Titanium dioxide: “Keeping the industry on its toes”
What are the current challenges when it comes to titanium dioxide?
Steve Ashdown: All industries face the challenge of keeping pace with regulatory changes and the titanium dioxide industry is no different. It is important that we keep abreast of these changes, and that we anticipate future developments and shape our innovation strategies accordingly. The end-users of titanium dioxide are incorporating it into ever more sophisticated and challenging applications, and the world of surface coatings is foremost in this respect. This provides great opportunities for innovation and development for a multi-functional material like titanium dioxide, whilst keeping the industry on its toes with respect to the traditional demands of cost-effective opacity, whiteness and longevity.
What trends will dominate in the titanium dioxide segment in the near future from your point of view?
Dr Steve Ashdown of Venator.
Ashdown: We expect to see continuing growth in pigmentary and protective applications of titanium dioxide across all segments, especially paints, coatings and printing inks, and as global innovation trends drive the demand for more “intelligent” materials, we expect to see growth in applications that exploit its properties beyond visible light scattering.
So-called “smart” coatings will be one area where titanium dioxide will continue to play a significant role, coatings that provide more than the traditional aesthetic or protective effect. Hygienic coatings based on titanium dioxide functionality are becoming established, and we see other “smart” applications that will be enabled by its unique properties, for instance, surfaces that probe and report their environment.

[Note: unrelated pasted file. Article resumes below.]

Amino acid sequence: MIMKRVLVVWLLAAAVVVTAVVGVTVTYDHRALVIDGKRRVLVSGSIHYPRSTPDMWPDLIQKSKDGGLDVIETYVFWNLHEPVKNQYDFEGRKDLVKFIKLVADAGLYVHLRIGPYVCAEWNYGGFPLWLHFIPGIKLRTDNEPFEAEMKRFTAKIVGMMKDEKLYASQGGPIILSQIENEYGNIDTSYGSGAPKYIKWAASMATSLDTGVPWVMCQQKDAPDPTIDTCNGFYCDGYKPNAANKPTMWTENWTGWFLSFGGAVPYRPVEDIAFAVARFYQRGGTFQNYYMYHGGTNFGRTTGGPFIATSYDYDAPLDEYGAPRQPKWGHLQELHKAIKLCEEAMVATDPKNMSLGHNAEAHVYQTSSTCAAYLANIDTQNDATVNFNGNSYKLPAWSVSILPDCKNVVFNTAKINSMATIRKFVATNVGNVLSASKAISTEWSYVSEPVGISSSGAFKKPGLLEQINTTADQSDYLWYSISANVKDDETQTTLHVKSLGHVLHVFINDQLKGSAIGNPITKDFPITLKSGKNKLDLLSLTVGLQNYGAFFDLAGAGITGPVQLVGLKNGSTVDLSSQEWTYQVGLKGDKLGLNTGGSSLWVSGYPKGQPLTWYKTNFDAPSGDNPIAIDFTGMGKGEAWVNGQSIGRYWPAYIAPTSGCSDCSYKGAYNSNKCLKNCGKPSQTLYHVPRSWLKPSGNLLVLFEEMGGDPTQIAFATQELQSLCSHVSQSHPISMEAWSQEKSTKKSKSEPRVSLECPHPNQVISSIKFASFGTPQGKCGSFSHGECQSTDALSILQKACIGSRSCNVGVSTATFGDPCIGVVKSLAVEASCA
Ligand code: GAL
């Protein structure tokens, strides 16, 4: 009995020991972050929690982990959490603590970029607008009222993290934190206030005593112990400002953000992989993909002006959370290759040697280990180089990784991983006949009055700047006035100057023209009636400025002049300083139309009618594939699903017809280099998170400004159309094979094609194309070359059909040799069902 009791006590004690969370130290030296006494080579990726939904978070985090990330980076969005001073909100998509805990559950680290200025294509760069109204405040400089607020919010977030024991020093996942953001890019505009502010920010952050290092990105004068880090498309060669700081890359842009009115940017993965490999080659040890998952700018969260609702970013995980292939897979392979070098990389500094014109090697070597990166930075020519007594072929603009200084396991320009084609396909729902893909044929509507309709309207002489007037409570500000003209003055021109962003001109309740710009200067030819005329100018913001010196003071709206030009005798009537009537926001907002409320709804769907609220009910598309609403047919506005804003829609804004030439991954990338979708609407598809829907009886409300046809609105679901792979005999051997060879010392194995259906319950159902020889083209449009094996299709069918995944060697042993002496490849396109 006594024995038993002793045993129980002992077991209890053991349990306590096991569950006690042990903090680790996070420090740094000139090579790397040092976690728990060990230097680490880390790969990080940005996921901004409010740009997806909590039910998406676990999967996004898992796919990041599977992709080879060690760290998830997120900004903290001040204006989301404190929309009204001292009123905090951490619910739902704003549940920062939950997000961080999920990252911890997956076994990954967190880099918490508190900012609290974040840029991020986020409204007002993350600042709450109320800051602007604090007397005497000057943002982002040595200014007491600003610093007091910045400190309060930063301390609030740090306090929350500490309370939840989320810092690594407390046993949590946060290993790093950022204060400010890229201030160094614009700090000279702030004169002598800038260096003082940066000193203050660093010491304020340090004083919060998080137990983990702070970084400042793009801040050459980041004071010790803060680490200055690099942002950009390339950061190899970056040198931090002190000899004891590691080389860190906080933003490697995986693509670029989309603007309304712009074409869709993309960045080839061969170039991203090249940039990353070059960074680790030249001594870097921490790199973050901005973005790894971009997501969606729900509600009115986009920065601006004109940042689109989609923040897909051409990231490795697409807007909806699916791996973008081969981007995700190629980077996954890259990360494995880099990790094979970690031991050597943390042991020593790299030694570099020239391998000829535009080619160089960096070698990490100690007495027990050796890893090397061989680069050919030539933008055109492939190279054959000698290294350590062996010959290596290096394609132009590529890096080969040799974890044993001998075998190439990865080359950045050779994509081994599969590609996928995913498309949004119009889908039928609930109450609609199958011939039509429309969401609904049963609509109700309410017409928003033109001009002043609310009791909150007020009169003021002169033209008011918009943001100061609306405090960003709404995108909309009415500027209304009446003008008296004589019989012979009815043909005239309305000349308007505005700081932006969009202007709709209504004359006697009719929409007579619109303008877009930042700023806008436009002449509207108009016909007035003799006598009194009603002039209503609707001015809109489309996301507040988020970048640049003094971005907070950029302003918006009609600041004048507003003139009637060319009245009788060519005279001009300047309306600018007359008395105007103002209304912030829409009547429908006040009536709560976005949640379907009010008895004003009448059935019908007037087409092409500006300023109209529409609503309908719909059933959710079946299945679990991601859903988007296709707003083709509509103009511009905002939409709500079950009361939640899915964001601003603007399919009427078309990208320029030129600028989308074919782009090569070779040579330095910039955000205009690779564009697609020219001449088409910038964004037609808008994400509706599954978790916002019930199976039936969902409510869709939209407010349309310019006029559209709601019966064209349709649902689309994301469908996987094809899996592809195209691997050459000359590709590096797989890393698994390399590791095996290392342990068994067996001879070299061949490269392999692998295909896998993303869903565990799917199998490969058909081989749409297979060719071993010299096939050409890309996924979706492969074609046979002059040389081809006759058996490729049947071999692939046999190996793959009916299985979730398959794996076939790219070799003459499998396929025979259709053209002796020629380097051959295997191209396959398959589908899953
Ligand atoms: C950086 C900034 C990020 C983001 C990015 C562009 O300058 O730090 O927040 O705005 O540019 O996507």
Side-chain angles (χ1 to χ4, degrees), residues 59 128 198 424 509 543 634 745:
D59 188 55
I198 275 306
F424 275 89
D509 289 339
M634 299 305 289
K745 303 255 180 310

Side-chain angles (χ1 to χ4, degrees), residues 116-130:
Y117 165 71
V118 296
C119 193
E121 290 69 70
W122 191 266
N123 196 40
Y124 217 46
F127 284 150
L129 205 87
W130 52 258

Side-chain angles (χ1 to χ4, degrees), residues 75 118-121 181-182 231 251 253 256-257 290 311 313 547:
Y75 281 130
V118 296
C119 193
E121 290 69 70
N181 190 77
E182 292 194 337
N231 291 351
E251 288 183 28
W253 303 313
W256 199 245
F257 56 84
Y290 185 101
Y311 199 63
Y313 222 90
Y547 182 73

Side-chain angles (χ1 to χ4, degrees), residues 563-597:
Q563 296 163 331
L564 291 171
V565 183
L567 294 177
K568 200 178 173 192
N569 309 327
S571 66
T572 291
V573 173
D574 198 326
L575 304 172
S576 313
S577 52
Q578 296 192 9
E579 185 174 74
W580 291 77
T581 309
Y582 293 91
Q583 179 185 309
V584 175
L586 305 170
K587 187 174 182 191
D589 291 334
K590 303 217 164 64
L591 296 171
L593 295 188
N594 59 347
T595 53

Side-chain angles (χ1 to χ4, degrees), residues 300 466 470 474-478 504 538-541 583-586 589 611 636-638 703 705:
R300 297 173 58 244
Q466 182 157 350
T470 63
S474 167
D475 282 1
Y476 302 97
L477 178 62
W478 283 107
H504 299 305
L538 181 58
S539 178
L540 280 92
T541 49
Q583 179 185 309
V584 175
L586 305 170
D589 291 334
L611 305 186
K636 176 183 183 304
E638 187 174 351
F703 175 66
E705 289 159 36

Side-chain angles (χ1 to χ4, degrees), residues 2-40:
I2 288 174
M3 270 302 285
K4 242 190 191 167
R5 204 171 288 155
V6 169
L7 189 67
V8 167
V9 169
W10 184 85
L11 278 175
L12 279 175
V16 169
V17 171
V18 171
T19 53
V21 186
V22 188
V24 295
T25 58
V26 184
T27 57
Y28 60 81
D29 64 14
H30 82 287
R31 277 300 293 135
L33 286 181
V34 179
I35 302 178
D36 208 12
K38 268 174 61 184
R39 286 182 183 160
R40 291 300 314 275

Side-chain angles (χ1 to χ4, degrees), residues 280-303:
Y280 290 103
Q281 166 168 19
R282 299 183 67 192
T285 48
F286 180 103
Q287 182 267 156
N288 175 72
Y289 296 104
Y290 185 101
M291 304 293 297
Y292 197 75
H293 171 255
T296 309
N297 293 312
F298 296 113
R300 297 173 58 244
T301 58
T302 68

How do you rate the proposed classification for titanium dioxide in Europe?
Ashdow: Venator, as a part of the Titanium Dioxide Manufacturers Association (TDMA), has been engaging constructively with the EU Authorities in the regulatory discussion on the proposal to classify TiO2 as a suspected carcinogen (category 2) by inhalation under the EU’s classification and labelling (CLP) Regulation. TiO2 is not hazardous in itself, as the suspected hazard relates to the possibility of respirable dust (irrespective of substance) being inhaled at extreme concentration over an extended period of time, which the EU Authorities recognise.
The classification could therefore affect hundreds of other large volume substances that are similar to TiO2. The TiO2 industry agrees with many EU Member States and interested parties that the classification is not an appropriate measure to address the potential general dust concerns described for TiO2.
We stand behind the safety of TiO2 in all known applications and we’re fully committed to working with the EU Authorities to find a proportionate and effective regulatory resolution as soon as possible.
The text book Titanium Dioxide by Jochen Winkler contains a wealth of information on the properties and use of titanium dioxide pigments. It gives the reader a comprehensive insight into how titanium dioxide works, its possible application and much more.